“I’m here because the hormonal shifts of menopause overcame my bi-polar drugs.”
Eleven men, members of the Chicago VA chorus of which I was a member, slumped down in their chairs shaking their heads murmuring, “Oh no, she didn’t just say that,” in the opulent dining room in Minneapolis, Minnesota at the National Veterans Creative Arts Festival. I’d been selected to give the woman’s view of my first experience at the Festival. I’d been a member of the chorus since my first hospitalization for bi-polar disorder in
in 2001. I was diagnosed at the Chicago , VA in 1996. Washington, DC
“Ya haven’t lived until you’ve been the only woman on the locked ward at the VA. As they say—the odds are good, but the goods are odd.”
During menopause I was hospitalized five or six times. Back in the seventies when I tried birth control pills, I threw a blood clot in my lung. Hormone therapy was out of the question. Besides, I’m cold all the time. I miss my hot flashes. ;-(
I do not, however, miss my mood swings. I’m a rapid cycler and most of the time I’m fairly normal. Unfortunately, I moved away from
where I got really good care to a more rural VA where they refused to change my meds even when it was clear they were not working. They just kept increasing the dosage. I kept “going off” on people and in between, I experienced increasing dementia—forgetting what I was doing, losing words, etc. I’m a writer, I’m in Mensa and I was in my fifties. I was terrified, and my daughters were so upset, they made me give up my apartment and move in with my eldest. Chicago
Bi-polar disorder is easy to misdiagnose. People think of it as euphoric highs and crashing lows—going from periods of intense happiness and creativity to periods of paralyzing depression and, indeed, many bi-polar people are like that. But it can also include horrible temper tantrums, spending sprees, going from sexual promiscuity to total lack of desire. In really severe cases, people hear voices and it can be misdiagnosed as schizophrenia. I spent several years on Prozac not realizing I was only treating half of my disease, because I didn’t realize my tantrums were the other half, until I had a roommate who was bi-polar and recognized the symptoms. She gave me Patti Duke’s books, “Call Me Anna,” and “A Brilliant Madness.” I read them on the pysch ward at the VA. I was there for two weeks while they diagnosed me and regulated my meds.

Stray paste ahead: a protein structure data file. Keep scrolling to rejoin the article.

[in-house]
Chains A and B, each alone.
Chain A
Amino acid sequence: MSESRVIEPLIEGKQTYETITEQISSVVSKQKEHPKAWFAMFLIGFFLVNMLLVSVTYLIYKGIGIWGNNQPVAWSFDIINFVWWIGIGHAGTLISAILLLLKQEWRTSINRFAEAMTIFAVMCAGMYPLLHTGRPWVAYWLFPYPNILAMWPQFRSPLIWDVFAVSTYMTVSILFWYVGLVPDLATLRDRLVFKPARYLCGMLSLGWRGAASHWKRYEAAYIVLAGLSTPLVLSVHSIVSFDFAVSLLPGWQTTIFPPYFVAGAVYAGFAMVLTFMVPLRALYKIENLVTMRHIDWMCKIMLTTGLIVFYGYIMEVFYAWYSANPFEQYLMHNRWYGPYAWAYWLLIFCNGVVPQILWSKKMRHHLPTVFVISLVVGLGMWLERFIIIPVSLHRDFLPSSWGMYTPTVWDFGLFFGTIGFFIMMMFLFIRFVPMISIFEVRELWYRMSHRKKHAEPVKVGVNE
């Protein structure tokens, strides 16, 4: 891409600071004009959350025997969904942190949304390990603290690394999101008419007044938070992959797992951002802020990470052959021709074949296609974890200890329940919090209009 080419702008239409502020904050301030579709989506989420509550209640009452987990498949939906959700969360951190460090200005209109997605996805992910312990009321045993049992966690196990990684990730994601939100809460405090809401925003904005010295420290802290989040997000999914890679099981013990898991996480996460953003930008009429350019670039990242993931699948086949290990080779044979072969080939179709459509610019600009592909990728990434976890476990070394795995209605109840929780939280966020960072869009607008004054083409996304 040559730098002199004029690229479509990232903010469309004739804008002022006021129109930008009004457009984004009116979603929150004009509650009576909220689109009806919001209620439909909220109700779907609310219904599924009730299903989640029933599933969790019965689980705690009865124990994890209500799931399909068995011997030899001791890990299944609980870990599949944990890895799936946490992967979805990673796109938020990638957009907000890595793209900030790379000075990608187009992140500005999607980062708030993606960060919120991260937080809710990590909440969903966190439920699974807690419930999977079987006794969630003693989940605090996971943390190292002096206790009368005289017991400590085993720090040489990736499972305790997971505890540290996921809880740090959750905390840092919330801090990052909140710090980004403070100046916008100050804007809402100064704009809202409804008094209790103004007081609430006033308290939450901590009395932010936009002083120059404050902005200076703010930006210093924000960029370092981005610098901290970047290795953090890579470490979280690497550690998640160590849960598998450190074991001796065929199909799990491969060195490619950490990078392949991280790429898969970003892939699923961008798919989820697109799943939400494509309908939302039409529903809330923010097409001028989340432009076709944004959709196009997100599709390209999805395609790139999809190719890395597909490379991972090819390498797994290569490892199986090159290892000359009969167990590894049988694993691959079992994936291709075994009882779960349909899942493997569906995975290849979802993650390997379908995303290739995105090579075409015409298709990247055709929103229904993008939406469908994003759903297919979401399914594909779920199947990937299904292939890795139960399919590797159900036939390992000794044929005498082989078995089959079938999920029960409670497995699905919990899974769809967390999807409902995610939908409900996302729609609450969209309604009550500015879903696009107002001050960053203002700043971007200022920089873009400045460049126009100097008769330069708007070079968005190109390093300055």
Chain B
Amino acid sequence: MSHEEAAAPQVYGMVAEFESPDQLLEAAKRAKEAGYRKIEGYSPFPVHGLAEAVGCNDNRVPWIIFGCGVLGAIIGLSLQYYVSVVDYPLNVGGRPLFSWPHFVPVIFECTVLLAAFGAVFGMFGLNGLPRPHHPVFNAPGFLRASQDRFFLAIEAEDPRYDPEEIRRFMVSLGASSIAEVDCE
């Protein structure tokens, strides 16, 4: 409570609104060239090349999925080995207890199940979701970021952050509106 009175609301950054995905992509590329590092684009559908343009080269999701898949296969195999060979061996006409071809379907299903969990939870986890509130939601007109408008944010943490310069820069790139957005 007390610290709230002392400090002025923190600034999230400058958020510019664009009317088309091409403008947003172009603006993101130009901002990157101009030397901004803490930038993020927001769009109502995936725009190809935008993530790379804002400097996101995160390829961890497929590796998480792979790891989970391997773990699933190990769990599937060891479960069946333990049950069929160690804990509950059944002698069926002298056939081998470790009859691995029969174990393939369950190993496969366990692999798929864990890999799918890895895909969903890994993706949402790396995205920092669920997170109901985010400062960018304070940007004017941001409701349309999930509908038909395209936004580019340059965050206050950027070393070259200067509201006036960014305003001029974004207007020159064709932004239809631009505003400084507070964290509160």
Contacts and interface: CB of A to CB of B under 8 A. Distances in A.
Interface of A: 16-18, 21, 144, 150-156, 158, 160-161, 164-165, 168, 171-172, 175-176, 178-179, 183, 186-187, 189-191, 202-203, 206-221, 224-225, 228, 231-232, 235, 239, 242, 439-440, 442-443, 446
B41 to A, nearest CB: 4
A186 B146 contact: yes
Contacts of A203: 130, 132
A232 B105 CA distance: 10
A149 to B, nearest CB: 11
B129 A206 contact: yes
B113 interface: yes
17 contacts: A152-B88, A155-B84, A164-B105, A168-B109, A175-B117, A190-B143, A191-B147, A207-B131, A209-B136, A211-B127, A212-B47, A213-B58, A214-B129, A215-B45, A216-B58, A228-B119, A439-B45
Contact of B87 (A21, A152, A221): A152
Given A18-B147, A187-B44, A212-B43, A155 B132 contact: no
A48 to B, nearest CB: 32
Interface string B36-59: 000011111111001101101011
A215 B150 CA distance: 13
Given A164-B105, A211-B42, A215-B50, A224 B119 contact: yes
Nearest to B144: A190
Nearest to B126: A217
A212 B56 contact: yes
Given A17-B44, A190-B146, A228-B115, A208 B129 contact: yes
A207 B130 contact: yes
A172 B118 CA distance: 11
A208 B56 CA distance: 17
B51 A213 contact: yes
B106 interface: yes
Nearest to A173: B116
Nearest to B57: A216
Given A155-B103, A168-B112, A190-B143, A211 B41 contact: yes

Bi-polar disorder is caused by imbalances among serotonin, dopamine and other brain chemicals. Scientists have also noted an increase in the lateral ventricles, and an increase in the rates of deep white matter hyperintensities of the brain. It seems to run in families, but a definitive genetic link has not yet been established. Lithium is the drug of choice for severe bi-polar patients, but I’ve never taken it because of its side-effects. I’m on a combination of an anti-depressant and an anti-convulsant. This is the third or fourth such cocktail I’ve tried in the fifteen years since I was diagnosed.
My current book, Rock Crazy, is about a Katie McGowan, a woman with bi-polar disorder. Many of Katie’s experiences are mine. Arguments with her mother are real, but mine took place when I was a teen ager and I was awake. I believe my mom was bi-polar and self-medicated with alcohol. I hit puberty when she hit menopause and “it was not a good match,” as Katie tells her friend, Annie. We fought pretty hard when I was in high school. But Mama was a good person. She adopted me when my birth mother was asking around the neighborhood for a home for me. (My birth mother may have been bi-polar as well.) And I know she loved me and was proud of me because she kept the first story I ever wrote when I was seven and had chicken pox. I still have it—the story, not chicken pox. She was just sick, like me and Katie. I hope you’ll read Rock Crazy and enjoy it.
Katie McGowan is bi-polar, and she’s run the gamut of medications, but nothing works anymore. Everyone says her she should have a microchip implanted in her brain that can regulate her mood swings. But Katie doesn’t want to be a robot. In a tough love move, her husband, Scott takes her to the Moon—and dumps her. Katie’s stuck on that God-forsaken “rock,” and thinks she’s space sick. But she’s wrong; she’s pregnant. Now the surgery’s too dangerous and she has to go off her meds until the baby’s born.
Scott’s elated that he’s going to be a father and assumes Katie will take him back. He has no clue how badly he’s hurt her, how thoroughly he’s broken her trust—or that he may not get her back at all.
Rock Crazy Buy Link: http://tinyurl.com/museituprockcrazy
My Website: http://www.rochelleweber.com